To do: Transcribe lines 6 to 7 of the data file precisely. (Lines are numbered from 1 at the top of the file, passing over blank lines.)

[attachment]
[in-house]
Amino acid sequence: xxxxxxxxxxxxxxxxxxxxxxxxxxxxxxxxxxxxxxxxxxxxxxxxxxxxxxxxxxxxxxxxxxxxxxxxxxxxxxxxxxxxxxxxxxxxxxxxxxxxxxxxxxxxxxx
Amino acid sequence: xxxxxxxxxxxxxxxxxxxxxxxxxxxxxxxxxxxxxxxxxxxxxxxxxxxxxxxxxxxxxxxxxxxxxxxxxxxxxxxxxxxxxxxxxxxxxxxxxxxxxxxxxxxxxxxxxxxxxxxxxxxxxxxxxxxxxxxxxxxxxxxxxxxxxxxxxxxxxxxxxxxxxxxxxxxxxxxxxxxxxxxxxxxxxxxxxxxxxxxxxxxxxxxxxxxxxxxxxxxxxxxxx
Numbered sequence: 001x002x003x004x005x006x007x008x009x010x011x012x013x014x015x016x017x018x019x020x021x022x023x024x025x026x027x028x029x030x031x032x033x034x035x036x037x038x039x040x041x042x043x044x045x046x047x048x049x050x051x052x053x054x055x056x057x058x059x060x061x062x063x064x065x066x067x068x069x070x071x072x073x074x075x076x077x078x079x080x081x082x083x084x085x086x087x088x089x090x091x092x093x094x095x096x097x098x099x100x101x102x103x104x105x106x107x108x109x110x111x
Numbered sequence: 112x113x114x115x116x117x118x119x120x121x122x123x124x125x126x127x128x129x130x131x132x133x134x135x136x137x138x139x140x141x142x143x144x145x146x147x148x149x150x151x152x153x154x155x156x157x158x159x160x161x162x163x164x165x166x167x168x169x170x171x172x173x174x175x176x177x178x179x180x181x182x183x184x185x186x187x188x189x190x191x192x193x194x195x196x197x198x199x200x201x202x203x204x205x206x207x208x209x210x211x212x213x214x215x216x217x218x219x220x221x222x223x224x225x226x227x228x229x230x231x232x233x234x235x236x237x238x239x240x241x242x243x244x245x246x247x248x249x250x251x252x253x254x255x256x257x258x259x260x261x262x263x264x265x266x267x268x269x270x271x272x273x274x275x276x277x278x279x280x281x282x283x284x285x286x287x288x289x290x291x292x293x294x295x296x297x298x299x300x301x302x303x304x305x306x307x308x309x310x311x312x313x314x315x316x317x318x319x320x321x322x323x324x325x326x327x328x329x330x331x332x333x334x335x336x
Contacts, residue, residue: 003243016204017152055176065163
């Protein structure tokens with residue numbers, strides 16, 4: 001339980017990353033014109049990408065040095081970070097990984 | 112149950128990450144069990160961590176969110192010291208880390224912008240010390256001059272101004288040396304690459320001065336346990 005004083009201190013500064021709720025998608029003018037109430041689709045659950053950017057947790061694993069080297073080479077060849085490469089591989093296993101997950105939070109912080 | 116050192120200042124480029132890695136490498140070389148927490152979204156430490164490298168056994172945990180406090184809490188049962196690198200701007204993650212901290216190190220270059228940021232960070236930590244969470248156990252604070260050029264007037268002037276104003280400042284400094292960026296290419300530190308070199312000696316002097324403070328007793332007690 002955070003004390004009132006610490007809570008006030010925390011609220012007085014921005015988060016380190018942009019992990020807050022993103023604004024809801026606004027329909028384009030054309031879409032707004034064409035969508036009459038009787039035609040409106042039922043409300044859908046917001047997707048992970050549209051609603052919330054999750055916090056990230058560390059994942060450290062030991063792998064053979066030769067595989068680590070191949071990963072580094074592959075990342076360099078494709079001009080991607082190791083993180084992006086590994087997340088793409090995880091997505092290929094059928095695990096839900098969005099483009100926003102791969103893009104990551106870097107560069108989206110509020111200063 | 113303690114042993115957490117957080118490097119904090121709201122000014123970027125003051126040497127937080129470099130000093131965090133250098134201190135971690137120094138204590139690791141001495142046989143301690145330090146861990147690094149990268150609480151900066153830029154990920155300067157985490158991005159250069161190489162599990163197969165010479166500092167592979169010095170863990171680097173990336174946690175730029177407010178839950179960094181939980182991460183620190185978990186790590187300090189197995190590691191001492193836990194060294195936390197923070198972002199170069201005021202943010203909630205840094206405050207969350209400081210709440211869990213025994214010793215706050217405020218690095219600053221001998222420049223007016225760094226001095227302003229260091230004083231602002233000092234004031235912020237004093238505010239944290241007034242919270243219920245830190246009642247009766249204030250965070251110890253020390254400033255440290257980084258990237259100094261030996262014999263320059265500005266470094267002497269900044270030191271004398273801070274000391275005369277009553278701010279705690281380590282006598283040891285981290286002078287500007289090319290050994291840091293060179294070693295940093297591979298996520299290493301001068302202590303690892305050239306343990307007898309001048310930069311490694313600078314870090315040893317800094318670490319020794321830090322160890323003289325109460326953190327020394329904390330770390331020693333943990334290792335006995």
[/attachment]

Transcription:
Contacts, residue, residue: 003243016204017152055176065163
């Protein structure tokens with residue numbers, strides 16, 4: 001339980017990353033014109049990408065040095081970070097990984 | 112149950128990450144069990160961590176969110192010291208880390224912008240010390256001059272101004288040396304690459320001065336346990 005004083009201190013500064021709720025998608029003018037109430041689709045659950053950017057947790061694993069080297073080479077060849085490469089591989093296993101997950105939070109912080 | 116050192120200042124480029132890695136490498140070389148927490152979204156430490164490298168056994172945990180406090184809490188049962196690198200701007204993650212901290216190190220270059228940021232960070236930590244969470248156990252604070260050029264007037268002037276104003280400042284400094292960026296290419300530190308070199312000696316002097324403070328007793332007690 002955070003004390004009132006610490007809570008006030010925390011609220012007085014921005015988060016380190018942009019992990020807050022993103023604004024809801026606004027329909028384009030054309031879409032707004034064409035969508036009459038009787039035609040409106042039922043409300044859908046917001047997707048992970050549209051609603052919330054999750055916090056990230058560390059994942060450290062030991063792998064053979066030769067595989068680590070191949071990963072580094074592959075990342076360099078494709079001009080991607082190791083993180084992006086590994087997340088793409090995880091997505092290929094059928095695990096839900098969005099483009100926003102791969103893009104990551106870097107560069108989206110509020111200063 | 113303690114042993115957490117957080118490097119904090121709201122000014123970027125003051126040497127937080129470099130000093131965090133250098134201190135971690137120094138204590139690791141001495142046989143301690145330090146861990147690094149990268150609480151900066153830029154990920155300067157985490158991005159250069161190489162599990163197969165010479166500092167592979169010095170863990171680097173990336174946690175730029177407010178839950179960094181939980182991460183620190185978990186790590187300090189197995190590691191001492193836990194060294195936390197923070198972002199170069201005021202943010203909630205840094206405050207969350209400081210709440211869990213025994214010793215706050217405020218690095219600053221001998222420049223007016225760094226001095227302003229260091230004083231602002233000092234004031235912020237004093238505010239944290241007034242919270243219920245830190246009642247009766249204030250965070251110890253020390254400033255440290257980084258990237259100094261030996262014999263320059265500005266470094267002497269900044270030191271004398273801070274000391275005369277009553278701010279705690281380590282006598283040891285981290286002078287500007289090319290050994291840091293060179294070693295940093297591979298996520299290493301001068302202590303690892305050239306343990307007898309001048310930069311490694313600078314870090315040893317800094318670490319020794321830090322160890323003289325109460326953190327020394329904390330770390331020693333943990334290792335006995």